Hugo Chavez, the President of Venezuela, has won his most recent referendum, modifying the constitution so that elected officials – notably including himself – can be reelected for several terms. Is this good or bad ? Only the future will tell, but at least he submitted the change to a popular vote, in stark contrast to the may military coups in Latin America, supported by – if not orchestrated by – some of the countries who like to suggest Chavez is a dictator-in-the making.
I recently organized a screening of a film I really like, ¿¡Revolución!?, directed by Charles Gervais. It is a doc about Chavez’s ‘Bolivarian’ revolution in Venezuela. In terms of the meaning of that revolution the film is generally positive but not at all uncritical, and Chavez’s enemies are given lots of space. That gives the film a healthy tension and it certainly avoids the pitfalls of propaganda. And it has many other qualities. There is one important strand of the film made up of animated images of Cervantes’s Don Quixote, with a gravelly voice-over which seems to represent the knowledge of a veteran revolutionary formulating some general principles for social and political upheavals – you could imagine him to be a Che Guevara speaking from the grave, but his thoughts also remind one of Machiavelli, formulating some general principles about his subject based on years of experience. There are ten of these principles in as many segments, and they signpost ten chapters in the film. The actuality material is very well edited – by Étienne Gagnon – and was treated for contrast and texture in a way more reminiscent of edgy fiction films than of documentaries. I asked Charles how he developed this treatment.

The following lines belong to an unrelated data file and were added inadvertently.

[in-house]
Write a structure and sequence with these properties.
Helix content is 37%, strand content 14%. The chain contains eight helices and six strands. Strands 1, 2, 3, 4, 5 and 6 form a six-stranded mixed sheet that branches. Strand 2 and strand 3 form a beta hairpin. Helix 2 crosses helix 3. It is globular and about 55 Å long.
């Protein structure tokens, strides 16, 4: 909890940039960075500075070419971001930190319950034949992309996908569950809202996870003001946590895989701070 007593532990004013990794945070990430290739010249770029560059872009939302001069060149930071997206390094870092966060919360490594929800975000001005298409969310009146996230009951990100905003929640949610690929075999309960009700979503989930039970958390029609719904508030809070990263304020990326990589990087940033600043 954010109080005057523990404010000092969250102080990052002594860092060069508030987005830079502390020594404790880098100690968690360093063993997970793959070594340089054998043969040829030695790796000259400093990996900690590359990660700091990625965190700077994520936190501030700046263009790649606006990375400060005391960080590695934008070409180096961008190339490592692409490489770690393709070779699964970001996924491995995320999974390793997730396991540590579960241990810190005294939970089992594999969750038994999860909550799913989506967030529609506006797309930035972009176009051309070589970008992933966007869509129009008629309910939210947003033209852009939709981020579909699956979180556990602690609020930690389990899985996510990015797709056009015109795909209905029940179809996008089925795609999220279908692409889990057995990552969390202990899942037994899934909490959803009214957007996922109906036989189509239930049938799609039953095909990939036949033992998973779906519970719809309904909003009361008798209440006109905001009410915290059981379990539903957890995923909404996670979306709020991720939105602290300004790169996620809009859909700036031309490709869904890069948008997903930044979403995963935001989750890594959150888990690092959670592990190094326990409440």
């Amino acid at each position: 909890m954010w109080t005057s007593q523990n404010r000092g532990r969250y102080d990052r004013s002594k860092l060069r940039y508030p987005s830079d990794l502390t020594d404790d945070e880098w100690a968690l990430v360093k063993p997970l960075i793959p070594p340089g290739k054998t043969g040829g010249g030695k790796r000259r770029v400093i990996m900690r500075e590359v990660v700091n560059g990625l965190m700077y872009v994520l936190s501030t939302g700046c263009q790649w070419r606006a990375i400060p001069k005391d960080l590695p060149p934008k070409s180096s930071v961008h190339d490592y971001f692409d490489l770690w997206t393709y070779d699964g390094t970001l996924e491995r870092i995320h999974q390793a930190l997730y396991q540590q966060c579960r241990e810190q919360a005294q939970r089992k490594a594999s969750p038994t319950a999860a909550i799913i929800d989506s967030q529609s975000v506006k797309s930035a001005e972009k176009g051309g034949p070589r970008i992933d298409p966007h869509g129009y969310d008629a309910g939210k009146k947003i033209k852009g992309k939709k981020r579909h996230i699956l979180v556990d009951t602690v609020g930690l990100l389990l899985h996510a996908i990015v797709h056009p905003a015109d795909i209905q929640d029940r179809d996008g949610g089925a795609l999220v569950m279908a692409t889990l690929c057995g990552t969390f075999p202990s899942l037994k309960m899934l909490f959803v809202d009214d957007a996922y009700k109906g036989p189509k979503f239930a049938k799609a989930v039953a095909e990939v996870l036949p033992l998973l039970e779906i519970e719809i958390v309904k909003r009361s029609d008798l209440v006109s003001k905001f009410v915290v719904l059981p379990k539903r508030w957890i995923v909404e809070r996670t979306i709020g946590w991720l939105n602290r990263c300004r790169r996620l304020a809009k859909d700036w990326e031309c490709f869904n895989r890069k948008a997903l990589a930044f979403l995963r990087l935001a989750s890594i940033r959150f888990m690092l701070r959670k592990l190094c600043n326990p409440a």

How did you come upon the Don Quixote idea? Was it hard to make it work in the film?
Charles Gervais: In 2005, when I first got the idea of making this documentary, Chavez was distributing 1 million copies of Don Quixote books to the people of Venezuela. Chavez said that it was necessary to nourish the minds, to be inspired by someone who searched “to rectify the wrongs and to rearrange the world”. I found it unusual for a political leader, fascinating. At that time, I knew little about Chavez, and it brought me wanting to know more. During my research, what I found is that Chavez is in fact a real Quixotic figure: a dreamer that wants to do good to the people, but becomes so overwhelmed in his quest that he doesn’t always see the reality clearly anymore. How did I suggest this in the film? Don Quixote is everywhere in the film. At the very beginning, Chavez refers to him when he talks about passion, and drawings of Quixote’s adventures are used to present the theory of a modern revolution; and at the end, the storyline of Chavez and Don Quixote clearly mix together. It’s even a quote of Quixote himself that closes the film, warning Chavez to be careful not to lose himself in passion forgetting his true cause. (“Let not thine own passion blind thee in another man’s cause.” / Miguel de Cervantes)
Your film has a very interesting structure, and also an interesting texture. How did you develop those?
Charles Gervais: We wanted to create a structure that would give the film a possibility to stay interesting and insightful, whatever happens with Hugo Chavez. That led us to invent a step-by-step guide for a modern revolution that would succeed in bringing about radical change without resorting to violence and repression. (I worked on this with a specialist in Theory of the Revolution from the Trudeau Centre for Peace and Conflict Studies.) So if Chavez got mad with power and ended up as a true dictator, our film could help understand why. And if he continued to work on his «socialist revolution of the 21st century» on a democratic way, we could even pretend that we might have helped him! (I’ll let you decide which path he is on today!)
Talking about the texture, we wanted to follow a certain aesthetic about slums, poverty and «end of the world» kind of places that was brought by some great movies like City of God or Traffic. The dominant color all over the film, amber, reminds me of an old newspaper that was forgotten for a long time under the hard sun – how the people living in Venezuela’s slums possibly felt like. So technically, we took the almost too perfect HD images (shot with a Sony CineAlta F900) and alter the signal with a kind of «bleach bypass». The resulting images, with deep black and deep white, but cold, was then colored with this amber texture.
Thanks to Jorge Bustos-Estefan for help with this blog.